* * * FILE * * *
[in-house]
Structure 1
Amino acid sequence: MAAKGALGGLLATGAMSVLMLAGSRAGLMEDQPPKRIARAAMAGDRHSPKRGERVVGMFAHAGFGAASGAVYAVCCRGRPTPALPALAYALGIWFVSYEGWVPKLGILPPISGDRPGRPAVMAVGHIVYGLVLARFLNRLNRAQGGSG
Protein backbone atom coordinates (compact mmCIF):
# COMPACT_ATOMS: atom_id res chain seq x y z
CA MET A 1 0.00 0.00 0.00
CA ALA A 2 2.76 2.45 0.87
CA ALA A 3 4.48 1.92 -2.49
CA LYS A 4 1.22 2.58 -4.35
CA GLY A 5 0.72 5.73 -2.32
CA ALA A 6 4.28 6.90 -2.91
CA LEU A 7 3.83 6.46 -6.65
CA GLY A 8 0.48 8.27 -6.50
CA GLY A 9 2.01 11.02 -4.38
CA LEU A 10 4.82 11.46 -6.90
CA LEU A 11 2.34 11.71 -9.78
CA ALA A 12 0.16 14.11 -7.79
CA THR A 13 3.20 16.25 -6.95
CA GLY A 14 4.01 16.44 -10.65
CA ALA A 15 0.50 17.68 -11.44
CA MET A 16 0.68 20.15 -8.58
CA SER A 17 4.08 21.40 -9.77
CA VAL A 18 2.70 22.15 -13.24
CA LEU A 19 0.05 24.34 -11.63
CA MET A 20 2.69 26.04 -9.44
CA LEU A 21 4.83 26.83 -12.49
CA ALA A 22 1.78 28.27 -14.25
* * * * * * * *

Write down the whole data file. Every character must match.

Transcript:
[in-house]
Structure 1
Amino acid sequence: MAAKGALGGLLATGAMSVLMLAGSRAGLMEDQPPKRIARAAMAGDRHSPKRGERVVGMFAHAGFGAASGAVYAVCCRGRPTPALPALAYALGIWFVSYEGWVPKLGILPPISGDRPGRPAVMAVGHIVYGLVLARFLNRLNRAQGGSG
Protein backbone atom coordinates (compact mmCIF):
# COMPACT_ATOMS: atom_id res chain seq x y z
CA MET A 1 0.00 0.00 0.00
CA ALA A 2 2.76 2.45 0.87
CA ALA A 3 4.48 1.92 -2.49
CA LYS A 4 1.22 2.58 -4.35
CA GLY A 5 0.72 5.73 -2.32
CA ALA A 6 4.28 6.90 -2.91
CA LEU A 7 3.83 6.46 -6.65
CA GLY A 8 0.48 8.27 -6.50
CA GLY A 9 2.01 11.02 -4.38
CA LEU A 10 4.82 11.46 -6.90
CA LEU A 11 2.34 11.71 -9.78
CA ALA A 12 0.16 14.11 -7.79
CA THR A 13 3.20 16.25 -6.95
CA GLY A 14 4.01 16.44 -10.65
CA ALA A 15 0.50 17.68 -11.44
CA MET A 16 0.68 20.15 -8.58
CA SER A 17 4.08 21.40 -9.77
CA VAL A 18 2.70 22.15 -13.24
CA LEU A 19 0.05 24.34 -11.63
CA MET A 20 2.69 26.04 -9.44
CA LEU A 21 4.83 26.83 -12.49
CA ALA A 22 1.78 28.27 -14.25